My son had a birthday party at friend’s house on the other side of town. It wasn’t much further than the usual school run but was still quite a long way. My husband dropped him off before having to go to work,  I was sure I’d be able to collect him. I hadn’t even gone a quarter of a mile before I realised that the pain in my legs wasn’t going to relent. But I’m stubborn, I thought I was strong and I could keep going. About halfway there and I started crying. The pain was too much. I couldn’t keep going. But I had to.  I felt so embarrassed, how could my legs be just not working? I’m 35 years old and used to walking around 6 miles a day, this was ridiculous. What if someone saw me? I needed to man up, I needed to collect my son. I wiped my tears just before I got to the house, I’d made it. As the birthday girl’s mum answered the door she could clearly see I was in pain. She looked at my stick and said “You didn’t walk here did you? You should’ve said, I’d have dropped him off. Do you need a lift home?” I burst into tears again. I did need a lift, I accepted graciously and something inside my head clicked into place; I wasn’t getting better and I couldn’t walk without significant pain and difficulty, and without then being housebound for at least a couple of days.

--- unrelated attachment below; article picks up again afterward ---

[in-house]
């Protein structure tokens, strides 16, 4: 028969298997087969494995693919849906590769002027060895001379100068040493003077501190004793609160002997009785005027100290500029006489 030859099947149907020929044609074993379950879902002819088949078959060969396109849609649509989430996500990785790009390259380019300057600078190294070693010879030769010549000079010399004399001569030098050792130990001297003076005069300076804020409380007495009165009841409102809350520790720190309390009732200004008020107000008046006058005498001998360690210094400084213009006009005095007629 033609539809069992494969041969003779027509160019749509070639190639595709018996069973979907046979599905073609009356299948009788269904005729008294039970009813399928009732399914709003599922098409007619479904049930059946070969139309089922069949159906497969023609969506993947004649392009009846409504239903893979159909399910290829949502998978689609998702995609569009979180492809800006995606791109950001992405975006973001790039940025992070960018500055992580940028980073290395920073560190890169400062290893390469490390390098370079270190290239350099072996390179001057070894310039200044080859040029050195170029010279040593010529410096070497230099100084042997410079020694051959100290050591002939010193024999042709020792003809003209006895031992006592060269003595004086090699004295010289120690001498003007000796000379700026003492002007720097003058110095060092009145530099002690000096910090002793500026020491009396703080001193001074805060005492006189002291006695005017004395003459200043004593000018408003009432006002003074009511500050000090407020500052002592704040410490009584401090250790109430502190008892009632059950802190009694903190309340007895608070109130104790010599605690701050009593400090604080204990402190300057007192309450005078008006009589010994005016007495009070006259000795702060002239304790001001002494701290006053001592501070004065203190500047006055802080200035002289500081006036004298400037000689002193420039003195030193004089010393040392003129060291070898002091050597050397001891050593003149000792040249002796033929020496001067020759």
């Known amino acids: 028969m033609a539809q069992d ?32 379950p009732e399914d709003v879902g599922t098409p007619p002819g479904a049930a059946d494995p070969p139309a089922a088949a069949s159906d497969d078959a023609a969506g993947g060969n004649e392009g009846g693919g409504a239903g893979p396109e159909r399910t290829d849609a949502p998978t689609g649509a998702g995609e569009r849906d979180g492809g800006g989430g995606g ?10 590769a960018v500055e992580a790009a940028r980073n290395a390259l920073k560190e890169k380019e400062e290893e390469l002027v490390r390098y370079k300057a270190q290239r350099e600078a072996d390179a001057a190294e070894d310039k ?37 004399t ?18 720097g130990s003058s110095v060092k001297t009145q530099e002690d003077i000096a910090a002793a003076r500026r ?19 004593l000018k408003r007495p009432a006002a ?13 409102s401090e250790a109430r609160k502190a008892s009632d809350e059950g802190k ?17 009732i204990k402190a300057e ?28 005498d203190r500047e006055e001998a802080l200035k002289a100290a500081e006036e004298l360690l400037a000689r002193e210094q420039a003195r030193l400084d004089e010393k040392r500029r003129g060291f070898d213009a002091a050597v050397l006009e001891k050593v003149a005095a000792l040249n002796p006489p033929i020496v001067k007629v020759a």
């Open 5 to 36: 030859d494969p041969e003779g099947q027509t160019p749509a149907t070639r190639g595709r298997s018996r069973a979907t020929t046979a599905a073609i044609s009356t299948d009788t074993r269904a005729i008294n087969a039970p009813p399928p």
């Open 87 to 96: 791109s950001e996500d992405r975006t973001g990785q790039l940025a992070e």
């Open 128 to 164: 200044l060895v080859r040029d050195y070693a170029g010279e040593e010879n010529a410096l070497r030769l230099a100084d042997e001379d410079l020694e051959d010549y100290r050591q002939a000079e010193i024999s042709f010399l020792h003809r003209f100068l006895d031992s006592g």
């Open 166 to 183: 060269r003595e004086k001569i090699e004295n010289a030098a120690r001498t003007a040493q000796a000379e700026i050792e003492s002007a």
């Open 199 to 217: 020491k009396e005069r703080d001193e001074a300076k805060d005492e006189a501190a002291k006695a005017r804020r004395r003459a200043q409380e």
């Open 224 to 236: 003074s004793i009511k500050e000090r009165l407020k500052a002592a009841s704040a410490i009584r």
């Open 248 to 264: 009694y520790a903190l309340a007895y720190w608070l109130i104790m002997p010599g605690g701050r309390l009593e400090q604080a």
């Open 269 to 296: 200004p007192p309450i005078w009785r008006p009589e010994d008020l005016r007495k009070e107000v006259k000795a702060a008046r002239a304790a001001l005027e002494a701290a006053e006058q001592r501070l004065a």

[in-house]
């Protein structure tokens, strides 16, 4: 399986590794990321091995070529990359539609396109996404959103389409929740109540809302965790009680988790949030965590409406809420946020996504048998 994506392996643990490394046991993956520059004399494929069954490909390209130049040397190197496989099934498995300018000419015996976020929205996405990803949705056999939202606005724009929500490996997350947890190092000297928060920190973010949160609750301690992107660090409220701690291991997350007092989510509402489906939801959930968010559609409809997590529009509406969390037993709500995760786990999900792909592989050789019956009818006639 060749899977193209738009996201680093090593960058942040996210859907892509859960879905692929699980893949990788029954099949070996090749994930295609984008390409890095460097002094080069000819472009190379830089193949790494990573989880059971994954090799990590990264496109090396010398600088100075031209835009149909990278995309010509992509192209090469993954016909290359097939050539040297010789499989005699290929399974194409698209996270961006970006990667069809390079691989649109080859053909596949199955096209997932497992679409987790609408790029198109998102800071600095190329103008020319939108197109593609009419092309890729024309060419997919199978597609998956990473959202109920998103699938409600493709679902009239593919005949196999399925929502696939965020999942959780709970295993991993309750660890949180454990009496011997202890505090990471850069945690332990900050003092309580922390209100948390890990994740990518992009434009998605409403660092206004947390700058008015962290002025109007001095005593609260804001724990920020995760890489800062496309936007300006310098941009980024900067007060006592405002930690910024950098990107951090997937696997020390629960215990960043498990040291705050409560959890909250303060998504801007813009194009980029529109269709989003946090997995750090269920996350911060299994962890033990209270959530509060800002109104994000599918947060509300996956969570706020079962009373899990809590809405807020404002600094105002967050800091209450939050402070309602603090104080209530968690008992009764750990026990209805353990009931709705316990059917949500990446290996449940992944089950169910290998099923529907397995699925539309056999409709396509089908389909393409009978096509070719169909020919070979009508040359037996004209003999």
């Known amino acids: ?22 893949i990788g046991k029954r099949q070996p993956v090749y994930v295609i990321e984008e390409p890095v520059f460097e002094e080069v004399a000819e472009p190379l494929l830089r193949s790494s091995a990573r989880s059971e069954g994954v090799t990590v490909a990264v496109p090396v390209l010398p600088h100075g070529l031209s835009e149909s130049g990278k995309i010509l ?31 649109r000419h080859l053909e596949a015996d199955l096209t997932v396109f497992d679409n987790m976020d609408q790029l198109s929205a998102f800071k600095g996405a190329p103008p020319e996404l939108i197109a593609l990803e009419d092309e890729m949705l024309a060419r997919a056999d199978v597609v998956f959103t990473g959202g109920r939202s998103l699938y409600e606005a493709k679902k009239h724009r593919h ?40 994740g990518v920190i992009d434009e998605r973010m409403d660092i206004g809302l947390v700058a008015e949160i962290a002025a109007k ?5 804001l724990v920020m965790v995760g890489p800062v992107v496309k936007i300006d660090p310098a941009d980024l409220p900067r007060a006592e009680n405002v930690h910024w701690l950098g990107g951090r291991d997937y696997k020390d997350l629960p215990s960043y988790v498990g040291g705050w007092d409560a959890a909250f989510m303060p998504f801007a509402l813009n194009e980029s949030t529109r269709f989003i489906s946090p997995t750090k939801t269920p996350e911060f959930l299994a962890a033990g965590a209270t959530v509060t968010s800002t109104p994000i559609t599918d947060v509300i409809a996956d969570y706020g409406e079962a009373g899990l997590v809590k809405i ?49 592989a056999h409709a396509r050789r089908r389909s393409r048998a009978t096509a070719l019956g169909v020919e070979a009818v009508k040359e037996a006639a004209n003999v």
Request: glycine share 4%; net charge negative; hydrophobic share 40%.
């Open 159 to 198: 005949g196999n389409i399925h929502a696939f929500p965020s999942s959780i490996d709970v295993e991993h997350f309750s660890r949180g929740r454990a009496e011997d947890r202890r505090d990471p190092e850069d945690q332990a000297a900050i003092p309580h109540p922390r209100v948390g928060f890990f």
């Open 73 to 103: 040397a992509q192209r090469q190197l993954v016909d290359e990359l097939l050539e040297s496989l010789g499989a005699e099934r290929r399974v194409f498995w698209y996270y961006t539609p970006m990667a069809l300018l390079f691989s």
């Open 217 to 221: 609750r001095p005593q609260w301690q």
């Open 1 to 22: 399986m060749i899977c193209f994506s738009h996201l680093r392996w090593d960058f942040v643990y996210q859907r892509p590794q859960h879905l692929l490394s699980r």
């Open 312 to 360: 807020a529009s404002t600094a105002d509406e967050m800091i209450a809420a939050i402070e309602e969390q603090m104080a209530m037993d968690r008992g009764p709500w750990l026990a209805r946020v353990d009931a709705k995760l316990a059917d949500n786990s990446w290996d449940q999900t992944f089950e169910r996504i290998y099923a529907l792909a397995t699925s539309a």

I knew then that I had thinking to do and decisions to make.

Out of the mouth of babes

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I’ve had two encounters over the last week which made me wonder about how we are raising our children and whether we will ever achieve equality when children get indoctrinated with gender normative messages.